Combustible Celluloid
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With: Louise Brooks, Fritz Kortner, Francis Lederer/Franz Lederer, Carl Goetz, Carl Raschig, Alice Roberts, Gustav Diessl/Gustav Diesel
Written by: Joseph Fleisler, G.W. Pabst, based on plays by Frank Wedekind
Directed by: G.W. Pabst (Georg Wilhelm Pabst)
MPAA Rating: Unrated
Running Time: 125
Date: 01/30/1929

Pandora's Box (1928)

4 Stars (out of 4)

She's a Lulu

By Jeffrey M. Anderson

This year the San Francisco Silent Film Festival has nabbed a crown jewel with a brand new, restored print of G.W. Pabst's Pandora's Box (1928), which has been making the rounds on the east coast for a few weeks now.

The cunning, playful and shockingly sensual Louise Brooks and workaday German director G.W. Pabst formed a symbiosis to create their masterpiece, and the pinnacle of both careers.

Brooks' mysterious, alluring gaze was the equal of Garbo's and superior to nearly everyone else, before or since. She had a twinkle in her eye and a sly, dazzling smile that enchanted an army of famous lovers and short-lived husbands. And of course, no one can forget that steely crop of black hair with its severe bangs and points. Even after 80 years, her first appearance onscreen is so potent as to inspire gasps.

Yet the Kansas-born beauty was stuck playing small, safe parts in Hollywood when Pabst, who had seen her in Howard Hawks' A Girl in Every Port, beckoned her to Berlin. She agreed, breaking her contract with Paramount in the process and angering the Hollywood elite.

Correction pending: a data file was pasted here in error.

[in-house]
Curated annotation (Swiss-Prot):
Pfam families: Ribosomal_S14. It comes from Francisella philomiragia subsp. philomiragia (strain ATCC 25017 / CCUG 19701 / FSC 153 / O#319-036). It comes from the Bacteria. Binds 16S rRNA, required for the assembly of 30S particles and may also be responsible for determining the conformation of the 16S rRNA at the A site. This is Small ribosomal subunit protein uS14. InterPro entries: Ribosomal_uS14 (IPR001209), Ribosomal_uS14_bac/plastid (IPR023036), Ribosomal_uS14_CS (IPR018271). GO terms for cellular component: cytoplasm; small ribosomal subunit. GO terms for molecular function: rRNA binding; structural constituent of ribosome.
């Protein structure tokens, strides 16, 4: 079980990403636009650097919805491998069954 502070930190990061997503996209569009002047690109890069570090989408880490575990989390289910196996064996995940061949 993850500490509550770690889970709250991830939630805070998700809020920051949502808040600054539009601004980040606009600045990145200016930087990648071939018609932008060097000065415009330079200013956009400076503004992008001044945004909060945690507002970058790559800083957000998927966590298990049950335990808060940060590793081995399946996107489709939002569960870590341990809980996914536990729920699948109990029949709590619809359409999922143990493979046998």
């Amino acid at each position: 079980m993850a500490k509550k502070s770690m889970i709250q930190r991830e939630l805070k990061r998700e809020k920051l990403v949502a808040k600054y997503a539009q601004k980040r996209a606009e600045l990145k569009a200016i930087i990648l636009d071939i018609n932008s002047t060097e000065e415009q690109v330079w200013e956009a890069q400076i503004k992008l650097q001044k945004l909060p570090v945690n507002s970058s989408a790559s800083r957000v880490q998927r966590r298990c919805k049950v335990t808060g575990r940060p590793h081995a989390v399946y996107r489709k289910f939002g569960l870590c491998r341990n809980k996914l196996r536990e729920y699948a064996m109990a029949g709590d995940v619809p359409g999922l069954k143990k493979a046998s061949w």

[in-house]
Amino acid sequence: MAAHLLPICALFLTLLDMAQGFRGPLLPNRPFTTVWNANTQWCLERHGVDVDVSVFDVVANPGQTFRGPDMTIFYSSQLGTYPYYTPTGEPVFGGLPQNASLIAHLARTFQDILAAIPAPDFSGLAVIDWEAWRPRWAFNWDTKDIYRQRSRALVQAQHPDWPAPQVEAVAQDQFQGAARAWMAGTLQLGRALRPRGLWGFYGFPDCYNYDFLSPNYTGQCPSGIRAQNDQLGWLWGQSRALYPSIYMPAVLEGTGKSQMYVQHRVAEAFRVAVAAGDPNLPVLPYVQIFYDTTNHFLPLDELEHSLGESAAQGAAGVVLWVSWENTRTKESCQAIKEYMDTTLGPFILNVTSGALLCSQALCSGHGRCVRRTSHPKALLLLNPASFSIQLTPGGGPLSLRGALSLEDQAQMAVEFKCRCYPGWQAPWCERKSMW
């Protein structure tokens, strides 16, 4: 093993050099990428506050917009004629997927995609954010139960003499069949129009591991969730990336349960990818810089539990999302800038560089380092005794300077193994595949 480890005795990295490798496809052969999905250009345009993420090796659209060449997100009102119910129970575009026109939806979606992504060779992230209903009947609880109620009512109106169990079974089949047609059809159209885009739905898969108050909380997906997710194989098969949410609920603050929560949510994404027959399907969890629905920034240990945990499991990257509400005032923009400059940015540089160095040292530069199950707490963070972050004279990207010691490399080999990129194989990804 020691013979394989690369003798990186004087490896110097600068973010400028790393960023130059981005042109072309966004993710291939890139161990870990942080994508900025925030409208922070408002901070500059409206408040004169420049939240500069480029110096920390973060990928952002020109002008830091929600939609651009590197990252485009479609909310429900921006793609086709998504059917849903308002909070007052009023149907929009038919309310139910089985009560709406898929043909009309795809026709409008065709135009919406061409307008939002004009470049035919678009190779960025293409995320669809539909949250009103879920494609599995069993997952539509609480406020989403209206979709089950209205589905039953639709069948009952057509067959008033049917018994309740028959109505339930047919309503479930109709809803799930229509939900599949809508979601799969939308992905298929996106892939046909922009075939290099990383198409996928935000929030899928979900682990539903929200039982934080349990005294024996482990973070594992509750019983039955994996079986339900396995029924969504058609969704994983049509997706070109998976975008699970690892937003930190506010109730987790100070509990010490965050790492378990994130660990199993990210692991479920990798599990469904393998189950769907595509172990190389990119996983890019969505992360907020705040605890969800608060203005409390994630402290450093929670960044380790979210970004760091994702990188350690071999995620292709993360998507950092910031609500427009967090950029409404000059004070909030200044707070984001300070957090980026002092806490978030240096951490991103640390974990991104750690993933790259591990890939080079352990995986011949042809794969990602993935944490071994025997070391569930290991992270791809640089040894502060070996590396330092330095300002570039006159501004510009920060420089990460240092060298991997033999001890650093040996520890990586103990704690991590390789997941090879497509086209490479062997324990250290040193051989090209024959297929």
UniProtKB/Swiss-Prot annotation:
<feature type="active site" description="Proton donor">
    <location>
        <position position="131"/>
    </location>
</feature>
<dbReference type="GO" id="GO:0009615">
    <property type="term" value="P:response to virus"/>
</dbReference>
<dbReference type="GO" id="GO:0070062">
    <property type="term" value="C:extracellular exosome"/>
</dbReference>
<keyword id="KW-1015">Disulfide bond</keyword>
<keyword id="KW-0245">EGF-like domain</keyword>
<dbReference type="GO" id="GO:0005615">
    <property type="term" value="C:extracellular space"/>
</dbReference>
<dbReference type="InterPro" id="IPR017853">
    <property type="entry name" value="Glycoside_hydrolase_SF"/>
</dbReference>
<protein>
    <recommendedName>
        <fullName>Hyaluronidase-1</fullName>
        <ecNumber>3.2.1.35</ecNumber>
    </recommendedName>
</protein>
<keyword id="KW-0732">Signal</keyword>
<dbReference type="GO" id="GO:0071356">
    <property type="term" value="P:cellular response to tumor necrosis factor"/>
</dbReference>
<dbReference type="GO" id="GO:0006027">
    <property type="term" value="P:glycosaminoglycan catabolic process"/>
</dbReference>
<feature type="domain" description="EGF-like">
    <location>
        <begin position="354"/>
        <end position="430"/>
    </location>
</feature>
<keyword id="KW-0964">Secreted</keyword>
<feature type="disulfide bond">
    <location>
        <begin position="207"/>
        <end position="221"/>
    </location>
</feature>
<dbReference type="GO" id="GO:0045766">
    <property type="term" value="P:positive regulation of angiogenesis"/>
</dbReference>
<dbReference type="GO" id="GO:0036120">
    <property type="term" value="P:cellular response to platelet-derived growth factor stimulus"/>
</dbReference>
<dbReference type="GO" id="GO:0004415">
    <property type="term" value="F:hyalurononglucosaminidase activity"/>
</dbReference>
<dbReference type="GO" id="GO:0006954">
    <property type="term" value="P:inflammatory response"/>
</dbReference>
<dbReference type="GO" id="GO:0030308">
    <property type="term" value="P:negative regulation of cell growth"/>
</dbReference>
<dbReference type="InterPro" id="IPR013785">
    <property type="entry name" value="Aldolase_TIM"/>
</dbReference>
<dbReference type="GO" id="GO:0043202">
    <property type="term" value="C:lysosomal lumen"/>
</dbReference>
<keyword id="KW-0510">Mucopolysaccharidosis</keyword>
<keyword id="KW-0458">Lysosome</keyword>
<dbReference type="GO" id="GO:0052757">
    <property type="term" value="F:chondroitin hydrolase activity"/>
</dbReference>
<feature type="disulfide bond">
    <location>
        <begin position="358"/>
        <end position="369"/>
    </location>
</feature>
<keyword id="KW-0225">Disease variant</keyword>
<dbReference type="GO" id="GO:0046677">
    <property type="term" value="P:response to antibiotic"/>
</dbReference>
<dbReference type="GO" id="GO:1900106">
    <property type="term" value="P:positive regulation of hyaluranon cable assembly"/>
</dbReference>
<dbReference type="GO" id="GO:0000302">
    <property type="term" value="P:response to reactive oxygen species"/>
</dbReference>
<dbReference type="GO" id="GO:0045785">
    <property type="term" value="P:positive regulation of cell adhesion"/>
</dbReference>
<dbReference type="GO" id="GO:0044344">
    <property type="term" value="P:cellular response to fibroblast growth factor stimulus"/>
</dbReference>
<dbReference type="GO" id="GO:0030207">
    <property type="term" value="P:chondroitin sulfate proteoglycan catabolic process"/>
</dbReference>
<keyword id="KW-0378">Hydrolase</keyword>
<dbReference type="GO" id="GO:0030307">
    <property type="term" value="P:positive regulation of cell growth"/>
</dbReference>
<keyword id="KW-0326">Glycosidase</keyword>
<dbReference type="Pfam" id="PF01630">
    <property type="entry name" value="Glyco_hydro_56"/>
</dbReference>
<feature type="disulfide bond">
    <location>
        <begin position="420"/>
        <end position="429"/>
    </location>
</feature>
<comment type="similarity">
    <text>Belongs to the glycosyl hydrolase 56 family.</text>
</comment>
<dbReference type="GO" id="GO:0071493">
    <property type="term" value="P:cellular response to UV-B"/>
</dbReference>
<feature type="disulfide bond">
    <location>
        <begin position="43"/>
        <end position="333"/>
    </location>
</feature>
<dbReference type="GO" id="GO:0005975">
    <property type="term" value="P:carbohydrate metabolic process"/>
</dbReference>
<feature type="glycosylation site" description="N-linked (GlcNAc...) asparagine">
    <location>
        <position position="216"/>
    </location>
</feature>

The film's story had already been a sensation on the German stage, and Brooks slid into the role of Lulu as if she had been born to it. A dancer and a promiscuous maneater, Lulu starts by breaking up her lover's impending marriage to another woman and winds up hiding out with her lover's grown son, a low-life gambler. Even more scandalous (at least at the time), she dances with a woman at her own wedding! She takes her final lover, Jack the Ripper, because she likes his looks.

Pabst directs using a few strokes from the waning German Expressionism movement, and his backstage scenes during Lulu's big debut have been justly praised for their energy and realism. Pabst was a psychologically astute filmmaker, but it's the shockingly sensual, charismatic Brooks that makes the picture. She so inspired Pabst that they teamed up for a second film, the near-great Diary of a Lost Girl (currently available on Kino DVD). Decades later, Brooks published a book of witty and insightful essays about her days in Hollywood.

DVD Details: The Criterion Collection's new DVD transfers Pandora's Box from the recent 133-minute Munich Film Museum restoration, providing a depth and clarity unseen for ages. Viewers can choose from among four different musical scores, or a scholarly audio commentary track. A plethora of other extras includes the very good 1998 TV documentary, "Looking for Lulu," narrated by Shirley MacLaine.

Note: a version of this review also appeared in FLM Magazine.

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